Presiding over his first work session as county chairman, Mike Boyce on Wednesday announced the creation of a joint task force for the Braves stadium with the aim of making the ballpark a success.
Boyce warned that the county could not afford any missteps.
“We’re all in this ship together,” Boyce said. “We’re not going to fail on opening day.”
The task force will be an advisory body under the auspices of District Commissioner Bob Ott, who represents the Cumberland area. Ott put forward a list of 28 names of private individuals, public officials and employees of the county, as well as business owners.
Boyce and Ott said the committee was formed to keep the public informed and to make sure all deadlines are met in time for first pitch.
“I’m not saying there was a breakdown in communication,” Boyce said of his reasons for forming the body. “We didn’t have a wide enough spread … in our conversation.”
Commissioner Bob Ott said he would also reach out to the city of Sandy Springs and Braves representatives to participate in the committee.
Commissioners JoAnn Birrell and Lisa Cupid expressed reservations that the committee’s responsibilities and authority could overlap with those of staff and cause confusion. They also voiced concern over the mixing of former and current county staff on the committee.
In addition, Commissioner Bob Weatherford questioned the legal status of the committee, but offered support for its mission.
Boyce said he would meet with the county attorney before the committee’s first meeting on Friday to confirm the county was “crossing its t’s and dotting its i’s.”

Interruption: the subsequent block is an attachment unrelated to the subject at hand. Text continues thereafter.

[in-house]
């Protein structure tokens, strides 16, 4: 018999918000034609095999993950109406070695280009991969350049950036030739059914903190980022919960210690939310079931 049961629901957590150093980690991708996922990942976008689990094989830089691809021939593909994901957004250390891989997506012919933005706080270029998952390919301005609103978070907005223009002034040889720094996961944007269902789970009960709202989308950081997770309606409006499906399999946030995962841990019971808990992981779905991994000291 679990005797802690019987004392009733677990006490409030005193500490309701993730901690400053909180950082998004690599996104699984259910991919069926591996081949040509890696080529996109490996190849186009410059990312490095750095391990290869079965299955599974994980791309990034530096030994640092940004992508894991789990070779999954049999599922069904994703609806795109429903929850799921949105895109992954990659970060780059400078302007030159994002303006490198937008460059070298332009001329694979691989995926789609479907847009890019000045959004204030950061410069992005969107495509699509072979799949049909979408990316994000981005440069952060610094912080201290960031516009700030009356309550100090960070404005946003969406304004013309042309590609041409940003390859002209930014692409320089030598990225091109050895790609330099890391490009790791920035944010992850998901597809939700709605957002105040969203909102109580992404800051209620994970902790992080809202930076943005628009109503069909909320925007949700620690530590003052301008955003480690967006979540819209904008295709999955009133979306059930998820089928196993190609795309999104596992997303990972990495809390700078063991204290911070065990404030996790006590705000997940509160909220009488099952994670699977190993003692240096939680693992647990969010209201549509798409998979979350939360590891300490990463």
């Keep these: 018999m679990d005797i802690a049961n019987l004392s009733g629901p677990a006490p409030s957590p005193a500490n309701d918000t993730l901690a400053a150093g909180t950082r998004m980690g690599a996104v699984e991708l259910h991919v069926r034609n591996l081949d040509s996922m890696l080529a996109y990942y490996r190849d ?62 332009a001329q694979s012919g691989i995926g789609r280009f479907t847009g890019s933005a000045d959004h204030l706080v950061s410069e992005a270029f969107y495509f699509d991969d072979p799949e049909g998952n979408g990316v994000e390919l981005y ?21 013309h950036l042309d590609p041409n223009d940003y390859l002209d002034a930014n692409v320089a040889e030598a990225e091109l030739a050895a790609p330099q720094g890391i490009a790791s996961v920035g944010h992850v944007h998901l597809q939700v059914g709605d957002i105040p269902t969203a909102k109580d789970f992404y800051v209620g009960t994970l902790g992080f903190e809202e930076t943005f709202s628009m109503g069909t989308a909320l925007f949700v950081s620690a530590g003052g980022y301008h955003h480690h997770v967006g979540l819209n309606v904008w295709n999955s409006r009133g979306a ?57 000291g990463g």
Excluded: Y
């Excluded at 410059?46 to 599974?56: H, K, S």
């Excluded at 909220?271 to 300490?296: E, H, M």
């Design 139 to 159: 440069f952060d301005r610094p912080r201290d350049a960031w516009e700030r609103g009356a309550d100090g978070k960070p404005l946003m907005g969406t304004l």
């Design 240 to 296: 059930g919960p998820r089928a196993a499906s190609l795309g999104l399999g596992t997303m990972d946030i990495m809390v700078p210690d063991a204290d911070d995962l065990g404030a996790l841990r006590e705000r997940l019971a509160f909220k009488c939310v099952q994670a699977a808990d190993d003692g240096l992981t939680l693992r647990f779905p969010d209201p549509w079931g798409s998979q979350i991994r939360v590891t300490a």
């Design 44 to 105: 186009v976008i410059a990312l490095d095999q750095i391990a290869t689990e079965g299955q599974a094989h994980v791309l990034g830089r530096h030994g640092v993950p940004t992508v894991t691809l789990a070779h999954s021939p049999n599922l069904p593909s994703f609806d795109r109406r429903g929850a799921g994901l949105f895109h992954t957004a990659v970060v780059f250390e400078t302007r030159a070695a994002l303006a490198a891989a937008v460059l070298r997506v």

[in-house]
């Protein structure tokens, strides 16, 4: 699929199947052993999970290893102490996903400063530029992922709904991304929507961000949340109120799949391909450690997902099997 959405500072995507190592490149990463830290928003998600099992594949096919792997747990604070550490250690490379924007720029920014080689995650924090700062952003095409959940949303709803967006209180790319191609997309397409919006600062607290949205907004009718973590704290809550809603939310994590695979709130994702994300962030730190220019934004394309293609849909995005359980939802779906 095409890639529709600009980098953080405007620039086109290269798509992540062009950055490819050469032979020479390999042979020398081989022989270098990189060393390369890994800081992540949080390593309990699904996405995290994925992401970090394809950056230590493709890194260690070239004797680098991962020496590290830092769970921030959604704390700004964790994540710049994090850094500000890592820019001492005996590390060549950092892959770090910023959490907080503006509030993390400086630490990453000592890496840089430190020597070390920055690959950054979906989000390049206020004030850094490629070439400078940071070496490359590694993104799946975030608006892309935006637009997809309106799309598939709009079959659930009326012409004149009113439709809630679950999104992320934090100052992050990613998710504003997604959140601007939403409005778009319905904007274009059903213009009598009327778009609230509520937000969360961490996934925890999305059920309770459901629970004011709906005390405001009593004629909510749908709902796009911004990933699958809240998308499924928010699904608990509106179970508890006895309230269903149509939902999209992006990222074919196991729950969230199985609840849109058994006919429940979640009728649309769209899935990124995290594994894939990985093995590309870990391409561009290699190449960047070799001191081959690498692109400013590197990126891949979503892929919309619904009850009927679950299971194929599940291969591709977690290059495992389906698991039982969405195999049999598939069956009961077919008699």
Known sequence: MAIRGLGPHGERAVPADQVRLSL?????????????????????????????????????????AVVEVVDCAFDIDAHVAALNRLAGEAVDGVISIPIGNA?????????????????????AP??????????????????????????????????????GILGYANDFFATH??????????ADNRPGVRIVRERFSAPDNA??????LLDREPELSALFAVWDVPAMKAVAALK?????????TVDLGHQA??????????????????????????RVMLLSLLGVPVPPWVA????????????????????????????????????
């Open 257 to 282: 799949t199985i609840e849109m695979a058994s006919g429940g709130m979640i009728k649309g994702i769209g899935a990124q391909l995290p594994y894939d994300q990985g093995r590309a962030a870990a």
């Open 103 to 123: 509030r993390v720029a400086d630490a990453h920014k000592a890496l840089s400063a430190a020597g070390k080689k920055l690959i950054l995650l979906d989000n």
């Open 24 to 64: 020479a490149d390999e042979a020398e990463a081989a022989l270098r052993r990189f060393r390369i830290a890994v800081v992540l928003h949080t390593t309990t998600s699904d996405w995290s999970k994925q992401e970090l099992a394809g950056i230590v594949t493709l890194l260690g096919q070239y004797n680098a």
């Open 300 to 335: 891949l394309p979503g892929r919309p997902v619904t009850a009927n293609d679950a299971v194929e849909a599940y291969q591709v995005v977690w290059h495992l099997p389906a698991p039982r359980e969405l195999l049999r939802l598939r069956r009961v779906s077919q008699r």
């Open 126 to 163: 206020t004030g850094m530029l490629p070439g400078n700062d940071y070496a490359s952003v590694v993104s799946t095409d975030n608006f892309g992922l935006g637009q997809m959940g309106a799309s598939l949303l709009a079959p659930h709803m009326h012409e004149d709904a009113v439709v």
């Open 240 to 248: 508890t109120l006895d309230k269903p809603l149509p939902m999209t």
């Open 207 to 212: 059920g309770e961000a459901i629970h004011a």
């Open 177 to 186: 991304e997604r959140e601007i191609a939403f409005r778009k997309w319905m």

Ott acknowledged the unusual nature of the committee.
“No, we haven’t done it before, but we also haven’t built a stadium before,” Ott said.
Boyce also reiterated his commitment to buying at least $40 million in greenspace, one of his major campaign promises.
A majority of the board appeared to agree to vote Tuesday on whether to issue $24.7 million in park bonds. The proposed action includes increasing the millage rate by .13 mills, or $10.49 per year on a house valued at $200,000.
The $24.7 million represents the remaining sum the county can legally collect based on a $40 million park bond referendum that passed in 2008, but was shelved due to the recession.
Boyce pledged to make up the difference, but said he wanted to “send a message” to voters by issuing what bonds could be issued as soon as possible.
The board rejected a similar proposal, 3-2, in November, with then-Chairman Tim Lee and commissioners Ott and Cupid opposing.
Cupid said she is ready to support issuing park bonds, but Ott is opposed. He suggested the board identify the properties the county should buy first, and then find a way to fund the cost.
Separately, the board delayed a decision on county employee salaries to February.
“We’re going to have to hustle here,” said Boyce. “We need to send a signal to the staff that we’re going to do this.”
Braves stadium advisory task force: